MEDICAID PLANNING

As life expectancies and long term care costs continue to rise, the challenge quickly becomes how to pay for these services. Many people cannot afford to pay $6,000 per month or more for the cost of a nursing home, and those who can pay for a while may find their life savings wiped out in a matter of months, rather than years. Fortunately, the Medicaid program is there to help. In fact, in our lifetime, Medicaid has become the long term care insurance of the middle class. But the eligibility to receive Medicaid benefits requires that you pass certain tests on the amount of income and assets that you have. The reason for Medicaid planning is simple. First, you need to provide enough assets for the security of your loved ones – they too may have a similar crisis. Second, the rules are extremely complicated and confusing. The result is that without planning and advice, many people spend more than they should and their family security is jeopardized.

What is Medicaid?

Medicaid is a jointly funded, Federal-State health insurance program for low-income and needy people. It covers children, the aged, blind, and/or disabled and other people who are eligible to receive federally assisted income maintenance payments.​ Learn more.

How Do I Qualify For Medicaid?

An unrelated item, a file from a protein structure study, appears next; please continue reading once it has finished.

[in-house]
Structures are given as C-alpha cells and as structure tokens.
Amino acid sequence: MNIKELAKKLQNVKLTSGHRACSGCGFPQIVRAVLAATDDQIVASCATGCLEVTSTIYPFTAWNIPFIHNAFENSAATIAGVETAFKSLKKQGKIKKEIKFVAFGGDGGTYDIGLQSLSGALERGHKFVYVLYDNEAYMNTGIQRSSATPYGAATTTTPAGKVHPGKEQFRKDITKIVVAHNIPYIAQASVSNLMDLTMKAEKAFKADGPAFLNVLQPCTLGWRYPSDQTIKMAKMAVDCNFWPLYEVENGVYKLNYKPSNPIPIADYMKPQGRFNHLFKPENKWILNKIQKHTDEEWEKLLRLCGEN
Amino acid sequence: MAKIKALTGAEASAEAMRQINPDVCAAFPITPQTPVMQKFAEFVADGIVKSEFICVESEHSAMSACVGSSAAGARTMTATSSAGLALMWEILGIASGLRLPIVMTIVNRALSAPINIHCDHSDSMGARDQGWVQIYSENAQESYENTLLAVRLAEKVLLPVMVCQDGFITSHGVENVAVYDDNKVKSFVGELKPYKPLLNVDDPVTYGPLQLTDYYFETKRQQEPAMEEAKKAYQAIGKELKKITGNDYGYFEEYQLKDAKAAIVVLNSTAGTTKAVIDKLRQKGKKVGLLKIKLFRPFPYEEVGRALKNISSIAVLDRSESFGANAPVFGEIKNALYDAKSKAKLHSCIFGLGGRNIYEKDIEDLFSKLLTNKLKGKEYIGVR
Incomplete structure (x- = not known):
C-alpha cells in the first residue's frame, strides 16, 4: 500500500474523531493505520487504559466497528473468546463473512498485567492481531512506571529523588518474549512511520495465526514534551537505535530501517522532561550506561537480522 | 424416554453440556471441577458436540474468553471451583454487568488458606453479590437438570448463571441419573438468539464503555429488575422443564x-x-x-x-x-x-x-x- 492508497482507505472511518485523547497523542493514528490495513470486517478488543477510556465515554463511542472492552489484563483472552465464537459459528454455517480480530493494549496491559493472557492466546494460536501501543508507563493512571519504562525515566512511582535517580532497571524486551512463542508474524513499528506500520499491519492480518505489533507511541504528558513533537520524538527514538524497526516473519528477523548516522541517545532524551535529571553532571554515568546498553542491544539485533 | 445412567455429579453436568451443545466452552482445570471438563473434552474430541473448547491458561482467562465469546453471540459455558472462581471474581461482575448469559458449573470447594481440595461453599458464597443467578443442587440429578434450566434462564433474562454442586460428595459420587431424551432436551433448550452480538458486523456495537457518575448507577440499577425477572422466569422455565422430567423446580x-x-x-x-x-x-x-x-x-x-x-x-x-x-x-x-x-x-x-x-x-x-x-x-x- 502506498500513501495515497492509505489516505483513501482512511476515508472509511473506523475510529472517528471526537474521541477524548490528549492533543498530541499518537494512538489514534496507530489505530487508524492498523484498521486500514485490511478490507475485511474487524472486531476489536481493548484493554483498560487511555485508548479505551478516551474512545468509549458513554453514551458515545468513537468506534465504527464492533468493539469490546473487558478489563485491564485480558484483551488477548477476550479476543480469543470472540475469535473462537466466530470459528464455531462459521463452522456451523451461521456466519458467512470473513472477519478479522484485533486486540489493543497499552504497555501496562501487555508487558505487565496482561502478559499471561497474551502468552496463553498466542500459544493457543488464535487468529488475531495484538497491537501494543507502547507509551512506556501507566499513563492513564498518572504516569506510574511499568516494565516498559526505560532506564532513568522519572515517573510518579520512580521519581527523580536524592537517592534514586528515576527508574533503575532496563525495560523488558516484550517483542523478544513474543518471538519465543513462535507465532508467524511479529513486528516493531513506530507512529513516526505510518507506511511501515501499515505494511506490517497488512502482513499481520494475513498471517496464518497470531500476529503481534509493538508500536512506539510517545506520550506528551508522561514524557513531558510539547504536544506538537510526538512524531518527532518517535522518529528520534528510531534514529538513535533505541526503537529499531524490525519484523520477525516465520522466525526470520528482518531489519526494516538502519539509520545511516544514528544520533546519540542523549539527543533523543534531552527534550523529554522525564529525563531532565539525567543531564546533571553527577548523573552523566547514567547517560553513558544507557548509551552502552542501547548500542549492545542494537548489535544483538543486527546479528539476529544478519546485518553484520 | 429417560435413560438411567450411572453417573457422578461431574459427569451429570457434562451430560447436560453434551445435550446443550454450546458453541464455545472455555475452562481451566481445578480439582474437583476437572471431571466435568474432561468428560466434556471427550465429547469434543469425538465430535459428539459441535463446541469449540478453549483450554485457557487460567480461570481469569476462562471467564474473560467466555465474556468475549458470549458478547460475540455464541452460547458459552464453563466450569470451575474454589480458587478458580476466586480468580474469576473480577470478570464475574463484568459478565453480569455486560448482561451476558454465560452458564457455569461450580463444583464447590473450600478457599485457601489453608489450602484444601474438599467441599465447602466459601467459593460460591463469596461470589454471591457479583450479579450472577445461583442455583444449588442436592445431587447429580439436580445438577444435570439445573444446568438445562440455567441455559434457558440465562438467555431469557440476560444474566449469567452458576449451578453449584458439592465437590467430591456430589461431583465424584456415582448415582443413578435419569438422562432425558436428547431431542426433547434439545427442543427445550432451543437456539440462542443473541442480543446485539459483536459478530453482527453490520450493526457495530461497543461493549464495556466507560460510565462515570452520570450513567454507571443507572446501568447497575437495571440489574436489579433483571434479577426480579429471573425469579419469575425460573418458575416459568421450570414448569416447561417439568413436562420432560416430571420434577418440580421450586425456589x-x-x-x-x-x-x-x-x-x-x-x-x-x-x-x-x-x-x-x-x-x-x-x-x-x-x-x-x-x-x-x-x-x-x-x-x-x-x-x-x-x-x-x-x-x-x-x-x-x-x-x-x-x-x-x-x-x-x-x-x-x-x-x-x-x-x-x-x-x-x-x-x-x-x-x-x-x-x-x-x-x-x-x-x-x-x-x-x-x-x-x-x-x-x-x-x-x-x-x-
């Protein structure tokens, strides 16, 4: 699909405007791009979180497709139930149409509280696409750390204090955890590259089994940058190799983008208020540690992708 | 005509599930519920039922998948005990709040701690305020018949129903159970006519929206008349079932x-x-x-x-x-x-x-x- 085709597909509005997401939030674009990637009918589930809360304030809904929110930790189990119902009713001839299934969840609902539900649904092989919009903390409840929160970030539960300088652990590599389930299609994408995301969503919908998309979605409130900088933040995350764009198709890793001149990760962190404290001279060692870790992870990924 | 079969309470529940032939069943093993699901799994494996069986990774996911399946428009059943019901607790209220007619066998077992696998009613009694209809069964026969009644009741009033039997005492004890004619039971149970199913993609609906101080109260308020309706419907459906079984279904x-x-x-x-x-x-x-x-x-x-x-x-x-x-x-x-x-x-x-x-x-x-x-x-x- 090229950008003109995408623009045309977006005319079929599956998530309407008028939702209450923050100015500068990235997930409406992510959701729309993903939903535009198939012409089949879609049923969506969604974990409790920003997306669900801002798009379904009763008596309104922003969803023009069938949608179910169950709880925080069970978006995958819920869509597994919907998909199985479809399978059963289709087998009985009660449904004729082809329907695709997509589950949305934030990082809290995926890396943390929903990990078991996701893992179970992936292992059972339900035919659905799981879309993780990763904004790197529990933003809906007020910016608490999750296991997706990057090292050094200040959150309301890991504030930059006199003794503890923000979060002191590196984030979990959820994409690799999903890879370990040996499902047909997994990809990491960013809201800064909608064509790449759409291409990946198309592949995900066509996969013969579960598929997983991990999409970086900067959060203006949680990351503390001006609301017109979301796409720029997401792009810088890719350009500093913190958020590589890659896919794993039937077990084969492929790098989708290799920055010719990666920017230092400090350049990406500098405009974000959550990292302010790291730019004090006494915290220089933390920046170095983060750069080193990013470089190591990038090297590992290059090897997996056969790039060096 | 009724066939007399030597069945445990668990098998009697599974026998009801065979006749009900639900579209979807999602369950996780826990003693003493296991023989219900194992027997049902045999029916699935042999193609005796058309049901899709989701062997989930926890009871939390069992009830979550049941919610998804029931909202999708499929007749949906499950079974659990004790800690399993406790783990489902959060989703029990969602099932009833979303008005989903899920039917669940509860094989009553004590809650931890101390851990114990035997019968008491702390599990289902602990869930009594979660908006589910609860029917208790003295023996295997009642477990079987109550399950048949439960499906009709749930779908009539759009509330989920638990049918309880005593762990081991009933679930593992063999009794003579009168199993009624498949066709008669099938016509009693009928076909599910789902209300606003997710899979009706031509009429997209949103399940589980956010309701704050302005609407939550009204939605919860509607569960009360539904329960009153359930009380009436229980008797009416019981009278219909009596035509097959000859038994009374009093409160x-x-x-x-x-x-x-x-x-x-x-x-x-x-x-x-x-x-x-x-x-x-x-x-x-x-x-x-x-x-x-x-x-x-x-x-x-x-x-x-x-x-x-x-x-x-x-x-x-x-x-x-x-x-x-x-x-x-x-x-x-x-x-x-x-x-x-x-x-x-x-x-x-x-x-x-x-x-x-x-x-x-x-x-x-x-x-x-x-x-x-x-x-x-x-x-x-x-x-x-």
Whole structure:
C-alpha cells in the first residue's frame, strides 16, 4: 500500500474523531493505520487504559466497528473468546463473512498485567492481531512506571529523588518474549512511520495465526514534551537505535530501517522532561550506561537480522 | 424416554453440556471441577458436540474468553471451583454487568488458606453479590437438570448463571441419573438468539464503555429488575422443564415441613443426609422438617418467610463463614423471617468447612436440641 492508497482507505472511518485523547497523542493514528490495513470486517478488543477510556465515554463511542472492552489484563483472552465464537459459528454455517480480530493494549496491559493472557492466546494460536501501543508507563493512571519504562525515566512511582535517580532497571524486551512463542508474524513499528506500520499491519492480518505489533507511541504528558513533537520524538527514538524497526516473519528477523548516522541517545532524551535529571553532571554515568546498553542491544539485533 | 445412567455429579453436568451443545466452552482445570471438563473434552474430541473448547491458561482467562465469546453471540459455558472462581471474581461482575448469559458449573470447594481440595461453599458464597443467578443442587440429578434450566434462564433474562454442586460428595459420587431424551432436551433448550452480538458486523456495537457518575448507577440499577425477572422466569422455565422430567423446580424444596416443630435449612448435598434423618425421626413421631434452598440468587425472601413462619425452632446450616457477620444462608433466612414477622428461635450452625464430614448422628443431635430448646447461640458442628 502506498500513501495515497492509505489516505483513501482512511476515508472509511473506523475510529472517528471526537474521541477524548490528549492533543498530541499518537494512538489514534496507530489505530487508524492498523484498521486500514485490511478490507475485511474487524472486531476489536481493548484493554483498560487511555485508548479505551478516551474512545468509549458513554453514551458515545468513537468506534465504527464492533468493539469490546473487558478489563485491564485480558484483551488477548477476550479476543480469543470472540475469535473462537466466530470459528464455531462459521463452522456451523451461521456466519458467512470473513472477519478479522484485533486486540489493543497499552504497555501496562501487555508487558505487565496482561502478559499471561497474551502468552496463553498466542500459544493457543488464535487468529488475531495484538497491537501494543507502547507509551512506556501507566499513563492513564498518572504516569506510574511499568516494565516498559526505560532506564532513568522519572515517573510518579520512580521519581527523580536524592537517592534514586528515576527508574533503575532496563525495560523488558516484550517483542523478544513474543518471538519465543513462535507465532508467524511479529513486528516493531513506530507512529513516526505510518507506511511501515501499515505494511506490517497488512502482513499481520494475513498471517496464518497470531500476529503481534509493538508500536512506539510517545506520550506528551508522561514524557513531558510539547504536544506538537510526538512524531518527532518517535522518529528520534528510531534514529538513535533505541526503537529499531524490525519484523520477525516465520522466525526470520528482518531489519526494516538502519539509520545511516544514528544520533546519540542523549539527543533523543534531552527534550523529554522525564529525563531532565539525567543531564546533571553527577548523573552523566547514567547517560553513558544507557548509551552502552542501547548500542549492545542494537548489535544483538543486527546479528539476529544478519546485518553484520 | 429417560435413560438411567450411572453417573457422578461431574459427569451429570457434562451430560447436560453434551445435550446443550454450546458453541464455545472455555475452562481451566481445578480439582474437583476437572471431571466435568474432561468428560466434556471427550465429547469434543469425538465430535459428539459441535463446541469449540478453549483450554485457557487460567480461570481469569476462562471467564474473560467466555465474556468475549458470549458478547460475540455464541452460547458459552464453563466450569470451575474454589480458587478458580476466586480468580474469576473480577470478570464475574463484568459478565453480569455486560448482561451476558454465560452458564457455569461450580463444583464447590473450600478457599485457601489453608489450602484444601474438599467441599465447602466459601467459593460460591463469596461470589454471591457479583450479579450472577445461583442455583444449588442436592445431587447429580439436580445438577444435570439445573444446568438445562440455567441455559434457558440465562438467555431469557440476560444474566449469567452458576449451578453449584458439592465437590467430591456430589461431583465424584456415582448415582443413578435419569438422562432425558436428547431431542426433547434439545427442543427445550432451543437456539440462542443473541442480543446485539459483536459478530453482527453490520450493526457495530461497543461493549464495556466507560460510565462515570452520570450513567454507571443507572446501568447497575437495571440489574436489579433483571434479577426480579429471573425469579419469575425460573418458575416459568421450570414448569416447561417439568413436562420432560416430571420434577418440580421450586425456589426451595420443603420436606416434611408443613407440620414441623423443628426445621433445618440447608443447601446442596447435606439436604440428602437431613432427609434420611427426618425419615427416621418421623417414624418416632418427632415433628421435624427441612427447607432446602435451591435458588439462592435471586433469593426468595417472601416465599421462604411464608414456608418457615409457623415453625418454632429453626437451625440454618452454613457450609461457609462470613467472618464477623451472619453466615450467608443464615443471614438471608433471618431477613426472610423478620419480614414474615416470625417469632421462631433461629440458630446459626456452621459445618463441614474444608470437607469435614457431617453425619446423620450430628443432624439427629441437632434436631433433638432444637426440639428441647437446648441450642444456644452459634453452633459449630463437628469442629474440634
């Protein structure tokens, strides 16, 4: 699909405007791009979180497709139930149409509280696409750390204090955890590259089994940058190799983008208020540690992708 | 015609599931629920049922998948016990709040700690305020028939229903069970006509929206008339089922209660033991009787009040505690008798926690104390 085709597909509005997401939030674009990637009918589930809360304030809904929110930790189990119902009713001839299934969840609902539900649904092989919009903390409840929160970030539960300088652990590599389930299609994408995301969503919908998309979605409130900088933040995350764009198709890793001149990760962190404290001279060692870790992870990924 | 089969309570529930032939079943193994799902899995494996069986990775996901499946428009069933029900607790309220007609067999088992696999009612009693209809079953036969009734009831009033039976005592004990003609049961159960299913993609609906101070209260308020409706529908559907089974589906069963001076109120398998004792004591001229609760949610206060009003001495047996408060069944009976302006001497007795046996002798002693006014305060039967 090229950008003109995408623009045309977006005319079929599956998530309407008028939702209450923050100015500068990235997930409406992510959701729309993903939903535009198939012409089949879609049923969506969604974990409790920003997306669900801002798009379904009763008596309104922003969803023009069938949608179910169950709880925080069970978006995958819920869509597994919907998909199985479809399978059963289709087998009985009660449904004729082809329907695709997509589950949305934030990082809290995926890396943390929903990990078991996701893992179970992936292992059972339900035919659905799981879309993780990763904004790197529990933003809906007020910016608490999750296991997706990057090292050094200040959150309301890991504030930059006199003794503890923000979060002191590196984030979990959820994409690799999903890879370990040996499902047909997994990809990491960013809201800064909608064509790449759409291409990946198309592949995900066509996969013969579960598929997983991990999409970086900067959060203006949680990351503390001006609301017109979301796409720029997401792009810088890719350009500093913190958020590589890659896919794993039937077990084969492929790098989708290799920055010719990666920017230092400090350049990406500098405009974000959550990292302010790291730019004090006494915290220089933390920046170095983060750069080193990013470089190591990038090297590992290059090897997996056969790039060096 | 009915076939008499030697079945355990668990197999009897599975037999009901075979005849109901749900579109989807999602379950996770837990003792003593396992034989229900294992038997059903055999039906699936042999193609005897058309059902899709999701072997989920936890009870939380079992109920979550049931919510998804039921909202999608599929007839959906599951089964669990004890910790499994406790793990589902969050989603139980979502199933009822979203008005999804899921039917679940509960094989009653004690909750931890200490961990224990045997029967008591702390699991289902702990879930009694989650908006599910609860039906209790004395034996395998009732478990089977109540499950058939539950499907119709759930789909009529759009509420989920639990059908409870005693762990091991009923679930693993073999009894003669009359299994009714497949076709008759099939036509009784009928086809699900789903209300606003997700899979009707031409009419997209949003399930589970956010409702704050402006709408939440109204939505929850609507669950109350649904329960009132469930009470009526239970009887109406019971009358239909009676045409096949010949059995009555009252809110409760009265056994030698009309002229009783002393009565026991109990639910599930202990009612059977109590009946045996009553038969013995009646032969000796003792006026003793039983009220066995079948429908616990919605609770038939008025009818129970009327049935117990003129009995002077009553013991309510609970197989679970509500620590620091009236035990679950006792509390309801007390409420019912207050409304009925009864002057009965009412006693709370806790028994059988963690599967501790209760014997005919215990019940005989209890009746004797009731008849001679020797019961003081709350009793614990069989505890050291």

To qualify for Medicaid, applicants must pass some fairly strict tests on the amount of assets they can keep. To understand how Medicaid works, we first need to review what are known as exempt and non-exempt (or countable) assets. Exempt assets are those which Medicaid will not take into account (at least for the time being). In general, the following are the primary exempt assets:

  • Home, (equity up to $585,000). The home must be the principal place of residence. The nursing home resident may be required to show some “intent to return home” even if this never actually takes place.

  • Personal belongings and household goods.

  • One car or truck.

  • Certain income-producing property.

  • Burial spaces and certain related items for applicant and spouse.

  • Up to $1,500 designated as a burial fund for applicant and spouse.

  • Irrevocable prepaid funeral contract up to $7,000.

  • Value of life insurance if face value is $1,500 or less. If it does exceed $1,500 in total face amount, then the cash value in these policies is countable.

All other assets are generally non-exempt, and are countable. Basically, all money and property, and any item that can be valued and turned into cash, is a countable asset unless it is one of those assets listed above as exempt

Contact Us to schedule an appointment to discuss ways we can help you.

The information on this website is for general information purposes only and does not constitute legal advice. Every case is different and outcomes depend on the facts or each case and the then applicable law. For specified questions, you should consult a qualified attorney.Use of this website does not create an attorney-client relationship

© 2018 by Clinkscales Elder Law Practice, P.A. Site Created By Marketing Maven.

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